# Representations of finite group with normal prime index subgroup

The problem is this:

Let $$G$$ be a finite group, $$Q$$ a normal subgroup of prime index.

(i) Let $$\psi = \chi_V$$ be the character of the $$Q$$ representation $$V$$. Show that either $$\psi$$ can be extended to $$G$$, or the induced representation is irreducible.

(ii) Show that if $$Q$$ is abelian, then every irreducible representation of $$G$$ is either one-dimensional or $$p$$-dimensional

For the first part, I've done one direction: If $$V = \text{Res}(U)$$, then $$\text{Ind}(V)$$ cannot be irreducible in this case - using Frobenius reciprocity and the Frobenius character formula. However, I'm stuck on the reverse direction.

For the second part, I have a strategy I'm a little bit skeptical of. Basically, I'm thinking you take an irrep $$V$$ of $$G$$, and restrict to $$Q$$. If this is an irreducible $$Q$$ rep, then we're done. Else, it has an irreducible $$Q$$ subrep $$U$$. I'm thinking that if I can show that $$q \in Q$$, $$q \not = e$$, then $$gU \neq U$$. In this case, I'm thinking I can then exhibit $${\rm Ind}(U)$$ as a $$G$$ subrep of $$V$$, and then I would be done since it must be the whole of $$V$$. But, I'm pretty skeptical this totally works since I neither used the previous part, not the hypothesis that $$Q$$ is normal of prime index.

If someone could give me some insight into this question, I would appreciate it. I would also appreciate any general advice on dealing with the relationship between representations of some group $$G$$, and the representations of subgroups and quotients of $$G$$.

• Are you familiar with Clifford theory?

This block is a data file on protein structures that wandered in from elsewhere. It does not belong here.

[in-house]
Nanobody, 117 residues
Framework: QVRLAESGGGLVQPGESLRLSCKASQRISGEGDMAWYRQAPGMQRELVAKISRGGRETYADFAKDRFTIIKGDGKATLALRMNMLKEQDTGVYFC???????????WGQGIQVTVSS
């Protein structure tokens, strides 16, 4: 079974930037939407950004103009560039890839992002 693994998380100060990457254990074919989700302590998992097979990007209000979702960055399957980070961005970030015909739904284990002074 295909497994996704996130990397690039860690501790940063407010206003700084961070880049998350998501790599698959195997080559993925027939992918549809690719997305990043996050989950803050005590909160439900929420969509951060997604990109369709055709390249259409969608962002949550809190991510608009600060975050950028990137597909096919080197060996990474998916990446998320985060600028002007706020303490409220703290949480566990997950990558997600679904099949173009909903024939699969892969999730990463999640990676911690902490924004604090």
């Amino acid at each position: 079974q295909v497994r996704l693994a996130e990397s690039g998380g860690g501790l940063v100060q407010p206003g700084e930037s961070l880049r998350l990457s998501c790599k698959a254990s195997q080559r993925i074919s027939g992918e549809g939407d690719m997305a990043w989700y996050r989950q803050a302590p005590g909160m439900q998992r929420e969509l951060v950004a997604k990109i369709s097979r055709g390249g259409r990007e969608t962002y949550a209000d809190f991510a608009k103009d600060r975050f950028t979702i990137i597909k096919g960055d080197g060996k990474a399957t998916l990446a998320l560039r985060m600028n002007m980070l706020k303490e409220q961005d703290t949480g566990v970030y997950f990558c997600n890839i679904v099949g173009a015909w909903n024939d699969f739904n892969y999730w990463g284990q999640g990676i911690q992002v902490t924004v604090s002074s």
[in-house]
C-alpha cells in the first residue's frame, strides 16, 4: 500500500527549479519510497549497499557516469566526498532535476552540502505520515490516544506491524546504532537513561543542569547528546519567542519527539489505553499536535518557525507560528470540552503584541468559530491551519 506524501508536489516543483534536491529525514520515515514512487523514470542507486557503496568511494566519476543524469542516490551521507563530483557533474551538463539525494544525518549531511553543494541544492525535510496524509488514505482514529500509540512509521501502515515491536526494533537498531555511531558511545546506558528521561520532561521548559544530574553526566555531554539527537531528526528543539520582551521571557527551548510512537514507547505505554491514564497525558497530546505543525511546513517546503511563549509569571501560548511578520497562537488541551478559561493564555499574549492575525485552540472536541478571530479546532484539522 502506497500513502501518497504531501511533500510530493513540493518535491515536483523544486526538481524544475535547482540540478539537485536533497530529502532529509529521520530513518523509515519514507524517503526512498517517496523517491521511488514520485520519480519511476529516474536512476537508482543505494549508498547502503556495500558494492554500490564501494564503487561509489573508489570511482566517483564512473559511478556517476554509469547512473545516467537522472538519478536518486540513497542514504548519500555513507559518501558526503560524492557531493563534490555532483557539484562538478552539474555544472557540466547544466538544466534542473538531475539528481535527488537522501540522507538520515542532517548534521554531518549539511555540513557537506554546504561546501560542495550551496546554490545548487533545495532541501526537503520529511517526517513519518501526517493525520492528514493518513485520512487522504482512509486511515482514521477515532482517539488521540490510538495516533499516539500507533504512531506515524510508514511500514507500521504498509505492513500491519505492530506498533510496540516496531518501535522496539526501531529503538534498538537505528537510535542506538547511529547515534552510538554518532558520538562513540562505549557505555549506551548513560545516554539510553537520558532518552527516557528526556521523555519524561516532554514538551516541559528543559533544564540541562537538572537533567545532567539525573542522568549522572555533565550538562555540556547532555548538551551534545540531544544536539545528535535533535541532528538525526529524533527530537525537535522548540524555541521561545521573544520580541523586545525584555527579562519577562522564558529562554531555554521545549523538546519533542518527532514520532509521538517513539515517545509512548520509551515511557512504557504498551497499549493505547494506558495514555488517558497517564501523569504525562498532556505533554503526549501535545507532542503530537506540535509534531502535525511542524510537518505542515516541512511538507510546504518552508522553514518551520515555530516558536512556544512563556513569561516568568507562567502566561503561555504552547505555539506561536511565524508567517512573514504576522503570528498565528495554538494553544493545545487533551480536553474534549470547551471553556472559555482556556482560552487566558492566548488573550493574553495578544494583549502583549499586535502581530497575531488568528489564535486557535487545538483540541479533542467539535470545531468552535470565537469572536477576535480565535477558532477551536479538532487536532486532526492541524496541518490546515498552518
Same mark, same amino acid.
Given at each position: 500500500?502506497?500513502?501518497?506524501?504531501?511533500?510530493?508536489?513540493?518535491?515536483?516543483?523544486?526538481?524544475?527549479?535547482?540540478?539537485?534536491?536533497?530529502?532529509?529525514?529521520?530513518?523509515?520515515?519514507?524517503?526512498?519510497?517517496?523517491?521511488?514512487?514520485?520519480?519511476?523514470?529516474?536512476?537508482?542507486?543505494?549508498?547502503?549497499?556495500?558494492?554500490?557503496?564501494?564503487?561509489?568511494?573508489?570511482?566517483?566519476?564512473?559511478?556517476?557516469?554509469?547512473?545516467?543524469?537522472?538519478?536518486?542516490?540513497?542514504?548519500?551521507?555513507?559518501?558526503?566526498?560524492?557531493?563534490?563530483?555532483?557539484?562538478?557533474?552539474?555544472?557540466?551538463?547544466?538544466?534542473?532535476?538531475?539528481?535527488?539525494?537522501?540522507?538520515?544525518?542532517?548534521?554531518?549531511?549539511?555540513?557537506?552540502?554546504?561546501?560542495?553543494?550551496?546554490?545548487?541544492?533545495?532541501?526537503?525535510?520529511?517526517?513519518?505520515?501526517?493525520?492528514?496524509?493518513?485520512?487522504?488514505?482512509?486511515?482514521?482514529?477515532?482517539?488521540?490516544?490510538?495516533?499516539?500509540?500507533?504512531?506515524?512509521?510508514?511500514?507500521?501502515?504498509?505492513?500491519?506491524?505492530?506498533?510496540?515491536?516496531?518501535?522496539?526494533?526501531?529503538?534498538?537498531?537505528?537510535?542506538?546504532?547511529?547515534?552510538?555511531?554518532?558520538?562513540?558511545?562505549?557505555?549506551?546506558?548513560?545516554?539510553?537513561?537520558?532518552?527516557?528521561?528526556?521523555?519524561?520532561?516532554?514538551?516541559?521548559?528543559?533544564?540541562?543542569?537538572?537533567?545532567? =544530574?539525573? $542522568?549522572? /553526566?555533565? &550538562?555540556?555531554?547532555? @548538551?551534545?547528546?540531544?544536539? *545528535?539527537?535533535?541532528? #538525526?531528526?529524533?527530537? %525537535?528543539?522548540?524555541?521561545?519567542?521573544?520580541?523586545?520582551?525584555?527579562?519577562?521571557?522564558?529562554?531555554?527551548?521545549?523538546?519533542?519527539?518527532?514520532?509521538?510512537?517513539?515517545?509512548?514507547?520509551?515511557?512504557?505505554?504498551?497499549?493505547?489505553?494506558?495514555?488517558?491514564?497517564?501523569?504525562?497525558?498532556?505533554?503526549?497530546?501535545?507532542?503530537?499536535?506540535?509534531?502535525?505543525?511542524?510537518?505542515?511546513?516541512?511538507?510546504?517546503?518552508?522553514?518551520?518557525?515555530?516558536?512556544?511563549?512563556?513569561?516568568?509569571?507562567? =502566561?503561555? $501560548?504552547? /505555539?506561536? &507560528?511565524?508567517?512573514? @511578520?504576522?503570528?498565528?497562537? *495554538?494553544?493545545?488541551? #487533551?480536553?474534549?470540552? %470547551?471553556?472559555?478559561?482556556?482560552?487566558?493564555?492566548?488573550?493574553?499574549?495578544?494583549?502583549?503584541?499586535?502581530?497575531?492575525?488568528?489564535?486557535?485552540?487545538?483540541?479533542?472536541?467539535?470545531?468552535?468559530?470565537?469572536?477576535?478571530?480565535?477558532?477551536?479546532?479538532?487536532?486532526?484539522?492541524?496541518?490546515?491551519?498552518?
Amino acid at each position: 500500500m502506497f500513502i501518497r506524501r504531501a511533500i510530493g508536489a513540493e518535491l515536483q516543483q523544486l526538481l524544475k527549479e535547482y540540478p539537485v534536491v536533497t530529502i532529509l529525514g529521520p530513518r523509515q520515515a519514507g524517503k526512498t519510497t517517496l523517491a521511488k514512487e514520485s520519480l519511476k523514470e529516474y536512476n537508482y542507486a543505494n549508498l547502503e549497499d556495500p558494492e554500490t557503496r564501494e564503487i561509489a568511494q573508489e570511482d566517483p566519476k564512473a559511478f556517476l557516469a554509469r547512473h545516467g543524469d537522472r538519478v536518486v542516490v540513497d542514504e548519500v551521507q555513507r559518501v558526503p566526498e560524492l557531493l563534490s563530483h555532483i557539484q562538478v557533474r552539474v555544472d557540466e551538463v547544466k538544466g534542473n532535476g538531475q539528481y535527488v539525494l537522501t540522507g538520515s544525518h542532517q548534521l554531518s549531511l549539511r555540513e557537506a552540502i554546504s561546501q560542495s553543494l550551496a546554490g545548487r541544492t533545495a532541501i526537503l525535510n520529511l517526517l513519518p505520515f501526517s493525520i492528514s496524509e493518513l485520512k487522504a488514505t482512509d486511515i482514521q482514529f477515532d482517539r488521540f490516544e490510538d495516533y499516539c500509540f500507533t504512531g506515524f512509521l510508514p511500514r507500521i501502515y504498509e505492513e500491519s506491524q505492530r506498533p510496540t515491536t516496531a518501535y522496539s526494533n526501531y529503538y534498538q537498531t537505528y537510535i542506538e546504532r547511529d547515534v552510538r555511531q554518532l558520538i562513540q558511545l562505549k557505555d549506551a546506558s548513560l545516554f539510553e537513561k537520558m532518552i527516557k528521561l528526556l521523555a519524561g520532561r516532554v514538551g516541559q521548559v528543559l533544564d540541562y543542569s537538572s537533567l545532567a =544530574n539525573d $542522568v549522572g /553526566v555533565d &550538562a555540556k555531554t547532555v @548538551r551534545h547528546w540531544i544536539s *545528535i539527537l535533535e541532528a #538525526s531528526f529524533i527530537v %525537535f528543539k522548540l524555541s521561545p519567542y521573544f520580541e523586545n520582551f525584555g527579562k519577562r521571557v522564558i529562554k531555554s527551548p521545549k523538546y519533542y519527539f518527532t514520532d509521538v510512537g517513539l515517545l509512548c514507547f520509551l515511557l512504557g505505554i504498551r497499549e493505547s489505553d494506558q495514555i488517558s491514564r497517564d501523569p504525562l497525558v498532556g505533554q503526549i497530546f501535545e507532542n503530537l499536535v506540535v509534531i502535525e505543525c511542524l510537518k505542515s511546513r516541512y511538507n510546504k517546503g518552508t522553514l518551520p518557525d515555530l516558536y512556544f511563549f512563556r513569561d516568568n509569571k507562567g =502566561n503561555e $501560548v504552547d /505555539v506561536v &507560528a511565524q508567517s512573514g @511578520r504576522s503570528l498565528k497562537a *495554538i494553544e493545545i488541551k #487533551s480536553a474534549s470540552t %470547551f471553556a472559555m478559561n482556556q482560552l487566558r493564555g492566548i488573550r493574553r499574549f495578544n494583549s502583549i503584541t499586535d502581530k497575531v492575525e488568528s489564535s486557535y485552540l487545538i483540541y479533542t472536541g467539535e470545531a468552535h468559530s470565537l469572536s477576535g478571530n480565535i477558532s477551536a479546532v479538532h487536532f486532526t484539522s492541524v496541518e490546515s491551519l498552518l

– Nate
Mar 25, 2020 at 17:24
• Sadly no, is it relevant?
– msm
Mar 25, 2020 at 19:55
• Clifford theory pertains to induction and restriction to and from normal subgroups, and it's very useful for problems like these. (Try google-ing it)
– Nate
Mar 25, 2020 at 21:45

Write $$G/Q = \langle \sigma Q\rangle$$ for some element $$\sigma\in G$$. Let $$\rho = \mathrm{Ind}_Q^G(\psi)$$. By Frobenius reciprocity, $$(\rho, \rho)_G = (\psi, \mathrm{Res}^G_Q(\mathrm{Ind}_Q^G(\psi))_Q = (\psi, \bigoplus_{i = 0}^{p-1}\psi^{\sigma^i})_Q.$$ Here, the final equality follows from Mackey theory. If $$\psi\simeq \psi^{\sigma^i}$$ for some $$i\ne 0$$, then, since $$\sigma$$ has prime order, $$\psi\simeq \psi^{\sigma^i}$$ for all $$i$$. Hence, $$(\rho, \rho)_G$$ is either $$1$$ or $$p$$. Now use Schur's Lemma to match each of these cases to one of the two options.
Your strategy almost works. The additional fact you need is that $$U$$, as an irreducible finite dimensional representation of an abelian group, is one-dimensional. Now the result follows from part (i), Frobenius reciprocity and Schur's Lemma.